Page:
6 Video Games and Film: Understanding Interactive Cinema

Understanding Media to Foster Innovation

Lily Matt

Innovation of interactive media is fostering the convergence of video games and film, two intrinsically different mediums.

Interactive Cinema: A New Frontier

Interactive media has been embraced as the next great forefront of entertainment. Following modern innovation in technology, interactivity has begun to permeate throughout all facets of the entertainment industry, blurring the inherent distinction between video games and cinema. Netflix, once exclusively providing movie and tv streaming, announced that it will now be home to a line of Netflix exclusive video games as early as 2022 (Shaw). Streaming platforms will no longer serve as a distinction between content types. Since 2018, Netflix has invested in interactive entertainment with a series of movies. Bandersnatch, an extension of the “Black Mirror” franchise and coined “an interactive feature-length film,” will be referenced throughout this paper due to its unique video game characteristics and ambiguity when it comes to an entertainment category.

It is paramount to understand the differentiation between cinema and video games in an ever-evolving entertainment industry. Not to keep the mediums separate, but to better understand how to best integrate the two mediums and develop the convergence between film, video games, and the human experience.

1. Preface: Cinema and Video Games

Society breeds an inherent understanding of what cinema is. Although the term may sound pretentious and outdated to the average viewer, for the purpose of this argument it encompasses “a recording of moving images that tells a story and that people watch on a screen.”(“Cinema”, Webster). The context of “cinema” (as interpreted in layman’s terms) is indicative of the Hollywood Golden Age (Ryan). Cinema is known as feature-length films that are created to be shown in the theater. Following the advent of modern streaming services, cinema has come to encompass media that can be watched on handheld devices as well. There is an argument to be made about if home movies and Youtube videos can be truly considered cinema, but for the purpose of this essay TikToks, YouTube videos, and home movies will be excluded from the discussion. Although amateur cinema is often a leading forefront in cinematic innovation, these mediums are too ambiguous to be considered “cinema” without proper research and analysis. In the context of this essay, the word cinema will reference modern cinema and the body of work that is being created today along with traditional cinema classifications.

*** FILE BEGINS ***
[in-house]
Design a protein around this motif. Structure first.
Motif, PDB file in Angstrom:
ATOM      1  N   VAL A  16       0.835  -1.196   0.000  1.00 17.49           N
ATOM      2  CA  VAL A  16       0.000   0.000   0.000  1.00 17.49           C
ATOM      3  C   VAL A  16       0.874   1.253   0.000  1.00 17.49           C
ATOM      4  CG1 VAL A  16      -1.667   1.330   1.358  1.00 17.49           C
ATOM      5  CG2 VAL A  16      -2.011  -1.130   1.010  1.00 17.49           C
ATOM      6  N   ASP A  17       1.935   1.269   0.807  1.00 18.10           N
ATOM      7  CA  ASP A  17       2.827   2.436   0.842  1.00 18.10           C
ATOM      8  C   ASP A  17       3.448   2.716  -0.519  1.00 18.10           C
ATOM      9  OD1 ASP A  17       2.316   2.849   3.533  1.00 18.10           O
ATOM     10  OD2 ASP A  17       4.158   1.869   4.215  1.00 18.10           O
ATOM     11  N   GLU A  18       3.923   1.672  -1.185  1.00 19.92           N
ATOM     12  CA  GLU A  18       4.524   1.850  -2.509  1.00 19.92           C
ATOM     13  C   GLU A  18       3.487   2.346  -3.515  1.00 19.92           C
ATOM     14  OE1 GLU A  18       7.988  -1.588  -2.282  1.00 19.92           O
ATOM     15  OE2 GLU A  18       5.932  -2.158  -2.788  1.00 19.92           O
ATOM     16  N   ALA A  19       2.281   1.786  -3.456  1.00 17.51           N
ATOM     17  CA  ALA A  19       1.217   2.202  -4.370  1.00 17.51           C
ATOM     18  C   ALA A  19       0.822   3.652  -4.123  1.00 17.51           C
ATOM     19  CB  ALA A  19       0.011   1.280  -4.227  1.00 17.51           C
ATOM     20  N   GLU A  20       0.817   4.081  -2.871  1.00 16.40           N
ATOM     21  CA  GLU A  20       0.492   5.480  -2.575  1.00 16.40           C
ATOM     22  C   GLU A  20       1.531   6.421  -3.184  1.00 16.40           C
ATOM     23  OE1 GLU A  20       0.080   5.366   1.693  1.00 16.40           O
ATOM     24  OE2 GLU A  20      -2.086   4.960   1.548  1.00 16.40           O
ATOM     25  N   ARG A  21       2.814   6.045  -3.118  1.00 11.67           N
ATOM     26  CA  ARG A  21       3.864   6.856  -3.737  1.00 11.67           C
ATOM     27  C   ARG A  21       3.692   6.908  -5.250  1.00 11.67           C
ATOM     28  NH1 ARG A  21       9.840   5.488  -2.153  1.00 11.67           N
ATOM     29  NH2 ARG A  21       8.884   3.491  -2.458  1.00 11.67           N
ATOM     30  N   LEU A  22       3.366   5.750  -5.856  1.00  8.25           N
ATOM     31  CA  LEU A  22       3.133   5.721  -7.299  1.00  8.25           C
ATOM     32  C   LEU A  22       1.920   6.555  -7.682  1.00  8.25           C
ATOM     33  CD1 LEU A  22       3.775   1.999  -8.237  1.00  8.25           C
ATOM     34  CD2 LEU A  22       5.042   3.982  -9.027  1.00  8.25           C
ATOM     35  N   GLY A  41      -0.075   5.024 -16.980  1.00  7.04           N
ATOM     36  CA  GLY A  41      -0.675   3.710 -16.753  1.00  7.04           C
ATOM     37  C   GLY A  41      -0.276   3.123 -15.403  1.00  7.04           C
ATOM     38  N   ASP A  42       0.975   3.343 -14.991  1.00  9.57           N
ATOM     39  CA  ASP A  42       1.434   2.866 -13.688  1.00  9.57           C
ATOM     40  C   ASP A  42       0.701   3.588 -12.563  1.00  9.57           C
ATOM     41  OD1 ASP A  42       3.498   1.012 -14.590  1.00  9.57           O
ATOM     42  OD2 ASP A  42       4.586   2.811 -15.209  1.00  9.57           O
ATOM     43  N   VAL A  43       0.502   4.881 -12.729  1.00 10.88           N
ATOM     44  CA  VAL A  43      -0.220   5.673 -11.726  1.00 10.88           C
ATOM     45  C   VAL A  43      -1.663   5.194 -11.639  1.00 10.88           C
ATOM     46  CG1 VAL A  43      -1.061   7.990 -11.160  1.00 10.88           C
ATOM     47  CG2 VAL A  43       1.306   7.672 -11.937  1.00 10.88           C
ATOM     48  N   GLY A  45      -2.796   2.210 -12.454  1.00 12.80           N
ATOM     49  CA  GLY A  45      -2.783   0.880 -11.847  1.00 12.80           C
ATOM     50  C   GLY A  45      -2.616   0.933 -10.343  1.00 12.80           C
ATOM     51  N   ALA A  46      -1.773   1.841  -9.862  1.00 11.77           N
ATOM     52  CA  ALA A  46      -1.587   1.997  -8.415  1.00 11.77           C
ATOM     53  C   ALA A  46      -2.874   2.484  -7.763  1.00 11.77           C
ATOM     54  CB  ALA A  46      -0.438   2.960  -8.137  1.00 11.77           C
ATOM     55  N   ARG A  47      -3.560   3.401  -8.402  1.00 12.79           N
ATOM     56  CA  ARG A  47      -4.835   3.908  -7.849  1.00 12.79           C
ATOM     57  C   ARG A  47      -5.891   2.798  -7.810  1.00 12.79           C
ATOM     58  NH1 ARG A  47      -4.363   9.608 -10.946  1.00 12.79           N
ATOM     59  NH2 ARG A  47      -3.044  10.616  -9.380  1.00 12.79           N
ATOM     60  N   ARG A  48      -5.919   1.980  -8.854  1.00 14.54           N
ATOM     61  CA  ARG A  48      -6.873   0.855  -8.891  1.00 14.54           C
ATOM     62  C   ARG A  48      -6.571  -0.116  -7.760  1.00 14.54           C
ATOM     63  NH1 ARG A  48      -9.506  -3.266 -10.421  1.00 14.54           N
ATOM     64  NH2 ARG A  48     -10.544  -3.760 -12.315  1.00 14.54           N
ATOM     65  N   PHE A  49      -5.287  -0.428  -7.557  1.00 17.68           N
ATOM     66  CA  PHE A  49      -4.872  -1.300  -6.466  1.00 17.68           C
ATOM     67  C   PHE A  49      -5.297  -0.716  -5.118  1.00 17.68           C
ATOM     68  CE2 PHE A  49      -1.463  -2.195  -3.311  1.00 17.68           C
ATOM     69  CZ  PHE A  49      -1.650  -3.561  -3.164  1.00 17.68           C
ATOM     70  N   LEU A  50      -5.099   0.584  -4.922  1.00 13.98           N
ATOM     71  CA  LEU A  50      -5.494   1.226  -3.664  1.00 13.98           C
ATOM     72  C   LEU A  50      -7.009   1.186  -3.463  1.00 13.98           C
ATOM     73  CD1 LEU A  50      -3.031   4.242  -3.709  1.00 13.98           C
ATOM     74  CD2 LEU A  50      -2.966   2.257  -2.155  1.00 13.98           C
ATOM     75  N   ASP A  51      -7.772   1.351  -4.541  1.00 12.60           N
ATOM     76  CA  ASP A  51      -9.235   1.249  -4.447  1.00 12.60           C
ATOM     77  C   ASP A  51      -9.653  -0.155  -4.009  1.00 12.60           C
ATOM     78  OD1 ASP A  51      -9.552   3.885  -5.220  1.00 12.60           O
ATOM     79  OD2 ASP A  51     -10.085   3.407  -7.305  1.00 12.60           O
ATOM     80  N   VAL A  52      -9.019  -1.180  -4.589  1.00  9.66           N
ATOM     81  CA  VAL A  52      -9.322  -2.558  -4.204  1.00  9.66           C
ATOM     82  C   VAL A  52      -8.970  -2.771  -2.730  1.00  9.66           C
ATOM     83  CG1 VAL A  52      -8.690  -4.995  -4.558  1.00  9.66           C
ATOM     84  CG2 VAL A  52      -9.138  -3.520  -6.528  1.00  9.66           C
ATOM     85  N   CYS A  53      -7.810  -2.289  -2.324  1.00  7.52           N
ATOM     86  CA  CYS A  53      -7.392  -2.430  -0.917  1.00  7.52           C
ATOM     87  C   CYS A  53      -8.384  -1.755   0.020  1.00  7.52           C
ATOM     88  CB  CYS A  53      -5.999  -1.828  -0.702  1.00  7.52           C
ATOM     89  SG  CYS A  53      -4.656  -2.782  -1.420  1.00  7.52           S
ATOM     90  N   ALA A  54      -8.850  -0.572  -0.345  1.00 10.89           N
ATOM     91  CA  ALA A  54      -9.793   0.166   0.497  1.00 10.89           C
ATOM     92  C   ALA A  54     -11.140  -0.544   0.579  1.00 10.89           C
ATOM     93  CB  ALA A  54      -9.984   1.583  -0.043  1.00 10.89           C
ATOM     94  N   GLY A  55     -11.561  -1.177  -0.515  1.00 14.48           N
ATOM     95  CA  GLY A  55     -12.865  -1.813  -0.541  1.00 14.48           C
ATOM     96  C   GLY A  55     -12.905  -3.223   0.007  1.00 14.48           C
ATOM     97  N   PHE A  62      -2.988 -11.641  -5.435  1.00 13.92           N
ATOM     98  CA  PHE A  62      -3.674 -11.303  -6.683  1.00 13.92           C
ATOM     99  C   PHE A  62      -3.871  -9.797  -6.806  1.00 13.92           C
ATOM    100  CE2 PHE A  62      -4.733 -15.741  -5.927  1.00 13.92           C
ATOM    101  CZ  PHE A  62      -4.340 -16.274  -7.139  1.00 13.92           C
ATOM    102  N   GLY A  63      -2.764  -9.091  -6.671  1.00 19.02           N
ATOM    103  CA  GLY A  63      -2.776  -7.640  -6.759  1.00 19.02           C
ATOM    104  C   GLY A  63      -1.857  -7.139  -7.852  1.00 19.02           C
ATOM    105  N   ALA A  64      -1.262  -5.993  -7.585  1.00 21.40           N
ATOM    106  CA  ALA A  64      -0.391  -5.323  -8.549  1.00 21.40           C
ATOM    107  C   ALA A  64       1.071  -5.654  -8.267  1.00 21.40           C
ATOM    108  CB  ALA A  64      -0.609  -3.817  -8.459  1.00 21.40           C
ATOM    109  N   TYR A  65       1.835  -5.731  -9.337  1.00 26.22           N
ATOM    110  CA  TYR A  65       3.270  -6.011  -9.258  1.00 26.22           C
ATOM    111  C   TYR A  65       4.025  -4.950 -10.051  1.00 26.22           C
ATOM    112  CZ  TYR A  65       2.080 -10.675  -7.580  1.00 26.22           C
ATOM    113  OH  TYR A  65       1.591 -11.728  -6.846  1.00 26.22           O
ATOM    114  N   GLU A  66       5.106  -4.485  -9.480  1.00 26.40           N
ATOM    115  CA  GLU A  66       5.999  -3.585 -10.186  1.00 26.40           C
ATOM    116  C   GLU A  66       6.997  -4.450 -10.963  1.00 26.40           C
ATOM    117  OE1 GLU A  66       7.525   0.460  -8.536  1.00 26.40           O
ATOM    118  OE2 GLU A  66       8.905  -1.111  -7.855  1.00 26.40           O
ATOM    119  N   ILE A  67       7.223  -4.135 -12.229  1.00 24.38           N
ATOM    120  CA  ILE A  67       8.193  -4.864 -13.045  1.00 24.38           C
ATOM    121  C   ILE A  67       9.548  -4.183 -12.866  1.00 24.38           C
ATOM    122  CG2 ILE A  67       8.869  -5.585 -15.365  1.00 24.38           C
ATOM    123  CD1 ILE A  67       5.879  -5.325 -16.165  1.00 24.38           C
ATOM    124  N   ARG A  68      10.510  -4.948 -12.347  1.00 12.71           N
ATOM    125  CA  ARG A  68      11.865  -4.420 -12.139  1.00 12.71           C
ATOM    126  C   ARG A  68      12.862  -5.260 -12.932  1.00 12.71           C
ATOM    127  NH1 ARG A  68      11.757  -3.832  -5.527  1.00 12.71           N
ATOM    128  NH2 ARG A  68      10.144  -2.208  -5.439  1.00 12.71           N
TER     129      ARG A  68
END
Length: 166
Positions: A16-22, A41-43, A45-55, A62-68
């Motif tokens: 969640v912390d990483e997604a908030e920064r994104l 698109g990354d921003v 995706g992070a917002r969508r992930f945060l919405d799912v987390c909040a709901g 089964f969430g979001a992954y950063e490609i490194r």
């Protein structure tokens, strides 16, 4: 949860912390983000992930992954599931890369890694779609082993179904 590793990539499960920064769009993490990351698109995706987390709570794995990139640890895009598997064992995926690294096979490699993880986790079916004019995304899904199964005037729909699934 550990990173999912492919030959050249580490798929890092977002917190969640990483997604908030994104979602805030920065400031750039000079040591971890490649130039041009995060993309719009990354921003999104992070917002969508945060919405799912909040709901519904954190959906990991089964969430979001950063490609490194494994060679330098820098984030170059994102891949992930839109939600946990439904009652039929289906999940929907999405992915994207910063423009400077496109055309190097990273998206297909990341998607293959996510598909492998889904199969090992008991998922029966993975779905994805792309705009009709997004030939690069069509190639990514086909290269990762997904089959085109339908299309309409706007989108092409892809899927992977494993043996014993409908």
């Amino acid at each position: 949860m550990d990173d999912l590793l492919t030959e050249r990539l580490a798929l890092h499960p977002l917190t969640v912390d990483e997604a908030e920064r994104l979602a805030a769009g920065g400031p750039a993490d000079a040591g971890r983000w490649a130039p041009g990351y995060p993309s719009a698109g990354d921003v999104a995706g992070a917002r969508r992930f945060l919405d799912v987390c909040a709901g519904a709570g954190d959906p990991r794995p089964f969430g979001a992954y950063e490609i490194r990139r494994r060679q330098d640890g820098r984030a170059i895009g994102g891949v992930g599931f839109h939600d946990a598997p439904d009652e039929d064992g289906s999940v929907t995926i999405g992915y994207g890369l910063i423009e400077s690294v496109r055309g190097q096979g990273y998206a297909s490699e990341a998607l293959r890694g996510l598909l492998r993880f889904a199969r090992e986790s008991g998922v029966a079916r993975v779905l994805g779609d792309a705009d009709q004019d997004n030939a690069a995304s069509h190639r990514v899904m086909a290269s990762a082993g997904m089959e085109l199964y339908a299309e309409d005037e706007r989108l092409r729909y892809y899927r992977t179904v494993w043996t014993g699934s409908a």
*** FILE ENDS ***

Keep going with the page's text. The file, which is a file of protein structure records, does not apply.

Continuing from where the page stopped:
Arguably, video games are the easiest to identify. Interactivity has been a distinct characteristic of video games since Pong and Tetris (Pai).  Other aspects such as viewing medium and environment also play a large role. While cinema is often created to be experienced in a group environment at a theater, video games are inherently isolating. Even when playing a multiplayer game a player controls only the fate of their character directly. Direct interactions between a controller (mouse, keyboard, etc) and a character occur exclusively on a one-on-one basis. Video games are a testament to personal achievement even when played in a group. Each individual has a different experience simply based on the fact that they are the person playing, whereas moviegoers experience the same scene at the same time no matter what each individual does.

Interactivity plays a pivotal role in the classification of video games. Controlling an environment for longer than observing content is an indicative quality of a video game. In recent years, video games have begun to contain more and more cut scenes that are often done in the form of short story animations. Cut scenes serve as convergence points between periods of personal input to advance a narrative, but do not have enough screen time to consider a video game a movie.

2. The History of Interactivity in Cinema